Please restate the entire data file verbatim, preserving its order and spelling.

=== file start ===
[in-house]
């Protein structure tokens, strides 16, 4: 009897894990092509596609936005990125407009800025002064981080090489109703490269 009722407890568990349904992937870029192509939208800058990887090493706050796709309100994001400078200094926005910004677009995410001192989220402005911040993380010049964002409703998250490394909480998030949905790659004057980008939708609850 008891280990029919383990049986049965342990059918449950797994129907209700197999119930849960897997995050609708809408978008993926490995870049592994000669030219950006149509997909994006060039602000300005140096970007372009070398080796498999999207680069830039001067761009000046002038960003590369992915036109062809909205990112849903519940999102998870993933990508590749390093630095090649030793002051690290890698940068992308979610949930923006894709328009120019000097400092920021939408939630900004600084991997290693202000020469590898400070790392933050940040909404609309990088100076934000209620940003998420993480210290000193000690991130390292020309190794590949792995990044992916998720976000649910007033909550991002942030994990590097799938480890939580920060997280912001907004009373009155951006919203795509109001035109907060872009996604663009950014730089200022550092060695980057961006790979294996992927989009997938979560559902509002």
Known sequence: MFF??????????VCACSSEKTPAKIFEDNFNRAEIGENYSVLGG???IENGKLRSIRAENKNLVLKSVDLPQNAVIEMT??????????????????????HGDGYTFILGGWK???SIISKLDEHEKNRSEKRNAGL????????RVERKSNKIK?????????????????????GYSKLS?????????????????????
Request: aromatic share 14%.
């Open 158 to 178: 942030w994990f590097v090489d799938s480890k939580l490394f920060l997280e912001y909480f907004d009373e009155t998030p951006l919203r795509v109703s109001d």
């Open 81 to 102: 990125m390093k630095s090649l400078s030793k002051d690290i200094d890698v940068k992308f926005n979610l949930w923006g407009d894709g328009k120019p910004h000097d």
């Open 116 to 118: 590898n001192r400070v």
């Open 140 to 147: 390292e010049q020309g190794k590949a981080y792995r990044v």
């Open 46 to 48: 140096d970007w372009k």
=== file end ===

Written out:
[in-house]
């Protein structure tokens, strides 16, 4: 009897894990092509596609936005990125407009800025002064981080090489109703490269 009722407890568990349904992937870029192509939208800058990887090493706050796709309100994001400078200094926005910004677009995410001192989220402005911040993380010049964002409703998250490394909480998030949905790659004057980008939708609850 008891280990029919383990049986049965342990059918449950797994129907209700197999119930849960897997995050609708809408978008993926490995870049592994000669030219950006149509997909994006060039602000300005140096970007372009070398080796498999999207680069830039001067761009000046002038960003590369992915036109062809909205990112849903519940999102998870993933990508590749390093630095090649030793002051690290890698940068992308979610949930923006894709328009120019000097400092920021939408939630900004600084991997290693202000020469590898400070790392933050940040909404609309990088100076934000209620940003998420993480210290000193000690991130390292020309190794590949792995990044992916998720976000649910007033909550991002942030994990590097799938480890939580920060997280912001907004009373009155951006919203795509109001035109907060872009996604663009950014730089200022550092060695980057961006790979294996992927989009997938979560559902509002």
Known sequence: MFF??????????VCACSSEKTPAKIFEDNFNRAEIGENYSVLGG???IENGKLRSIRAENKNLVLKSVDLPQNAVIEMT??????????????????????HGDGYTFILGGWK???SIISKLDEHEKNRSEKRNAGL????????RVERKSNKIK?????????????????????GYSKLS?????????????????????
Request: aromatic share 14%.
């Open 158 to 178: 942030w994990f590097v090489d799938s480890k939580l490394f920060l997280e912001y909480f907004d009373e009155t998030p951006l919203r795509v109703s109001d």
């Open 81 to 102: 990125m390093k630095s090649l400078s030793k002051d690290i200094d890698v940068k992308f926005n979610l949930w923006g407009d894709g328009k120019p910004h000097d």
């Open 116 to 118: 590898n001192r400070v």
């Open 140 to 147: 390292e010049q020309g190794k590949a981080y792995r990044v």
């Open 46 to 48: 140096d970007w372009k």